I can’t claim to be a very timely person. I feel like there is a 15 minute grace period in almost all situations. My husband is now pulling the old “we need to be there at 5:00”, when we actually need to be there at 5:30. We’ve almost missed flights, boats, appointments and the surprise part of a surprise party because of my internal clock.
However, when my doctor told me to call him at 3:00 pm for my test results, you better believe not a second after 3:00 pm went by before I called. He was too good to record a voicemail greeting, so all I got was an automated monotone male telling me that no one was available to take my call. I decided to give him a little space and didn’t try calling again until 3:04. Then 3:07. Then 3:08. Somewhere between 3:11 and 3:16, my husband suggested that we get out of the house. He also recommended giving my trigger finger a rest and leaving my phone behind so I wouldn’t be tempted to leave the sound of my grinding teeth on his voicemail.
The day was beautiful and we walked our daughter over to a park that sits right above the beach. It was a needed break from my anxiety and the people watching was better than tv. It was one of those rare situations with no phones, no camera, no technology of any kind. It felt freeing until one of the worst/best things happened.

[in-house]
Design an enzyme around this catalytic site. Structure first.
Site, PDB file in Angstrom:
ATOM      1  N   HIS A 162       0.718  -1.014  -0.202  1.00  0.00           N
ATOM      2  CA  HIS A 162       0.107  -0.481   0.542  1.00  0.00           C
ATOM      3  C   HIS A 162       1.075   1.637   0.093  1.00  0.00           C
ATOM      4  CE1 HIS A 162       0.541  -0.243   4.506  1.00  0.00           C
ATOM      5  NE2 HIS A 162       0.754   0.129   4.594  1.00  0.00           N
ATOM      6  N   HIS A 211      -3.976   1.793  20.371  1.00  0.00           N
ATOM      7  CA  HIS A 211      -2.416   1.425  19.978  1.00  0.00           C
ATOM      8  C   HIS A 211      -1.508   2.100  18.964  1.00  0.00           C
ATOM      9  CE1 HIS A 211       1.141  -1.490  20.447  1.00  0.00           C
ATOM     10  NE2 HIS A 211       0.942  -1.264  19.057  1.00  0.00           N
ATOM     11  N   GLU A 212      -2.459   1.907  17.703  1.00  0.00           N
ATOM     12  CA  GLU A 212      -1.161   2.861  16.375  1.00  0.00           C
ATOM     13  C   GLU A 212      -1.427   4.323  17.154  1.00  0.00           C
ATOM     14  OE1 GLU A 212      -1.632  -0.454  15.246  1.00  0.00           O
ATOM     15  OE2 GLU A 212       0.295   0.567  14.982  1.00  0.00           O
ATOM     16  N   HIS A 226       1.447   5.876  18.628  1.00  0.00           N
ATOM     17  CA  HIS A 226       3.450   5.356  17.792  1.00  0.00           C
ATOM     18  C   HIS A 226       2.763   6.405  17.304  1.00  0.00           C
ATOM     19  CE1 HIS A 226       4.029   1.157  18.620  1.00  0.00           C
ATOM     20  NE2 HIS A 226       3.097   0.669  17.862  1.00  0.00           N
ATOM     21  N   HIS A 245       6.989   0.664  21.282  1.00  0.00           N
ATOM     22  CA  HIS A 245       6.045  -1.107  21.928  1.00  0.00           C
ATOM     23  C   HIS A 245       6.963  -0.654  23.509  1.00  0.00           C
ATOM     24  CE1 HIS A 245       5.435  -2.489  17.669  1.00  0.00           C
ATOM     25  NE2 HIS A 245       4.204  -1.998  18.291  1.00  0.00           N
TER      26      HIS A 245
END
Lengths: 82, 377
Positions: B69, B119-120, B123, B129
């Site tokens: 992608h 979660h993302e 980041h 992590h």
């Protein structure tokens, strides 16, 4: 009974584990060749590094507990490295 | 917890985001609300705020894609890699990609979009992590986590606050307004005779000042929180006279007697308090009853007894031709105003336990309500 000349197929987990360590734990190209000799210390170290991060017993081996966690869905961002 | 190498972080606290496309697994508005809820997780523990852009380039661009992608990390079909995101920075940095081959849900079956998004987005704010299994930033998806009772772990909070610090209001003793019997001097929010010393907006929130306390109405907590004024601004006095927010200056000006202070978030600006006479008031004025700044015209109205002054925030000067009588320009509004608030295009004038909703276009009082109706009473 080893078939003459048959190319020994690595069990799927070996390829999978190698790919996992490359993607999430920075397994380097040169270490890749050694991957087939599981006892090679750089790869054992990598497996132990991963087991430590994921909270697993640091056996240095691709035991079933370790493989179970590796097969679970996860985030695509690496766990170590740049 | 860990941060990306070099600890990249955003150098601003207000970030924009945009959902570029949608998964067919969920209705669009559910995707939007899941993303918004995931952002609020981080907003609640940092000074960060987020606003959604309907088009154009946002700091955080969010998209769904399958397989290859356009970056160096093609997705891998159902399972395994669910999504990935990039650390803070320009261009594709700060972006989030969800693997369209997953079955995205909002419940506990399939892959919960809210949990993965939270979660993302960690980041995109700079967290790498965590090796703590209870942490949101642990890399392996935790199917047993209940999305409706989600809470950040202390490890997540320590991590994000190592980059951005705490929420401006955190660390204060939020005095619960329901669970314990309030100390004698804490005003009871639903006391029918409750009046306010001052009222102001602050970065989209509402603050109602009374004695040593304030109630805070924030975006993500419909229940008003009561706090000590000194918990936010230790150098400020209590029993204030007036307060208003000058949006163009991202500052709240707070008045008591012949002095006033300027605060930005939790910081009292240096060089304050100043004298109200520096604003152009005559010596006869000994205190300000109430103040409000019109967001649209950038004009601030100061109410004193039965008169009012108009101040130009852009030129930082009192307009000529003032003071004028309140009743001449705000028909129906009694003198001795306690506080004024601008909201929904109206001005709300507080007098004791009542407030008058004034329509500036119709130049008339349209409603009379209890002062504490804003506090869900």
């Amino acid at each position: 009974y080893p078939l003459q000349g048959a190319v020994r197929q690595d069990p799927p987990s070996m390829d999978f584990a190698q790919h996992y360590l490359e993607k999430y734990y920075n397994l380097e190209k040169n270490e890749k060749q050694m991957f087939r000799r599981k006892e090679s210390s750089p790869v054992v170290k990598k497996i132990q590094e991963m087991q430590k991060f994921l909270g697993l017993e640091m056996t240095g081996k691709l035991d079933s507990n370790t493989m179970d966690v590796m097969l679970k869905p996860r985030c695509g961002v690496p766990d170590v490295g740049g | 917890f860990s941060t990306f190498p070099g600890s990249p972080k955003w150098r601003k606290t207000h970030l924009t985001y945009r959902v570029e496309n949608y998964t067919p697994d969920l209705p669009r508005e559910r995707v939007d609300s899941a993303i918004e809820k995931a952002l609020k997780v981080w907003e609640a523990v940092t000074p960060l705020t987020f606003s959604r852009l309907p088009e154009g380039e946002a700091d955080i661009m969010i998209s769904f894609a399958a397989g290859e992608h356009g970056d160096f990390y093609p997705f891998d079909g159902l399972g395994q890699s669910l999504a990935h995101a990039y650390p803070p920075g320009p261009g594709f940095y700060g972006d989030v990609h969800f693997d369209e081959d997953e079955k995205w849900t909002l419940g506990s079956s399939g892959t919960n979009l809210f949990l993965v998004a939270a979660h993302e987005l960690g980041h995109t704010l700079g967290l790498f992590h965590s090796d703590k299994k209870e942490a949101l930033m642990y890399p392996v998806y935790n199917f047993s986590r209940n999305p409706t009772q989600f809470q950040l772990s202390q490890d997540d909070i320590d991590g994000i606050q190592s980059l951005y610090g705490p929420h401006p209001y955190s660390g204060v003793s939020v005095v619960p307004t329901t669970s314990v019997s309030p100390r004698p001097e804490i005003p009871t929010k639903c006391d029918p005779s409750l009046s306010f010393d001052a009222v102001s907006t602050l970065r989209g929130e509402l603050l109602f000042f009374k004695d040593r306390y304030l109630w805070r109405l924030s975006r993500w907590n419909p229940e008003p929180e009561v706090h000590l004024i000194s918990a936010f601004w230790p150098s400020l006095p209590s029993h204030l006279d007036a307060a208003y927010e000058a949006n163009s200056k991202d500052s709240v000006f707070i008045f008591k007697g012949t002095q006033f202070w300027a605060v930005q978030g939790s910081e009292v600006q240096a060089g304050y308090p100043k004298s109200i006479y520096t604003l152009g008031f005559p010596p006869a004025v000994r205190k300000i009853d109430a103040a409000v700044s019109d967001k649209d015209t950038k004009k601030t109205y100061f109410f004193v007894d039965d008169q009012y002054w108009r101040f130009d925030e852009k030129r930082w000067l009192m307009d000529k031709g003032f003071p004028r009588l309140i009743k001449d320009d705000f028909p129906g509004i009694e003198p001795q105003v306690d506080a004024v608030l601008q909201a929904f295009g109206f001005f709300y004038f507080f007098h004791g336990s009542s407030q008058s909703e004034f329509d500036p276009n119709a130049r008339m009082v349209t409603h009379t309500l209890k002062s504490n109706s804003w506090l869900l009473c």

We had sat our little girl on the grass to pick through dirt and bugs. The next thing we know, she’s up on her two chubby feet and proceeds to walk for the very first time! She walked all the way over to a far more interesting section of the park, adorned with teenage girl’s iPhones, candy wrappers and probably cigarette butts. My husband and I sat stunned, watching our little girl cross such a big milestone. I inform him that I might as well not finish her baby book since I can’t document this momentous event. I’m really looking for any reason to get out of listing every present she received at her baby shower.
We returned home at 5:00 pm with enormous Cheshire grins on our faces and a baby girl who is quickly growing out of the baby stage. We each have 5 missed calls and a text asking us to call my doctor back. I sat down with a pad of paper and pen and quickly hit redial. He answered and in an easy, conversational tone, informed me that I have stage 2 breast cancer. He continued in this friendly manner, telling me that it’s the most common type, it’s not growing too quickly and my chances of survival are excellent. I remember asking questions and assuming a friendly demeanor also, as if we were discussing restaurant choices for dinner. After a lengthy conversation, we ended the call and I looked down at my pad of paper that was meant to hold all the information from our call. Instead, I doodled chains of bubbles and wrote my name in different scripts. I realized I was terrible at cursive and fantastic at 5th grader penmanship.
He had no concrete answers about the next steps in surgery and treatment. My next job was to find an oncologist that came recommended from doctors I trusted. I added “sincere” and “exudes good energy” to the list of necessary requirements. My sleep that night was surprisingly sound. There was nothing for my brain to try to work out. I knew I had cancer and I knew I would get through it. I knew I had a husband that would move mountains for me, as well as rub my feet on a daily basis. I knew that I had a kick-ass daughter. I drifted off with the memory of her wobbly first steps and felt a quiet peace come over me.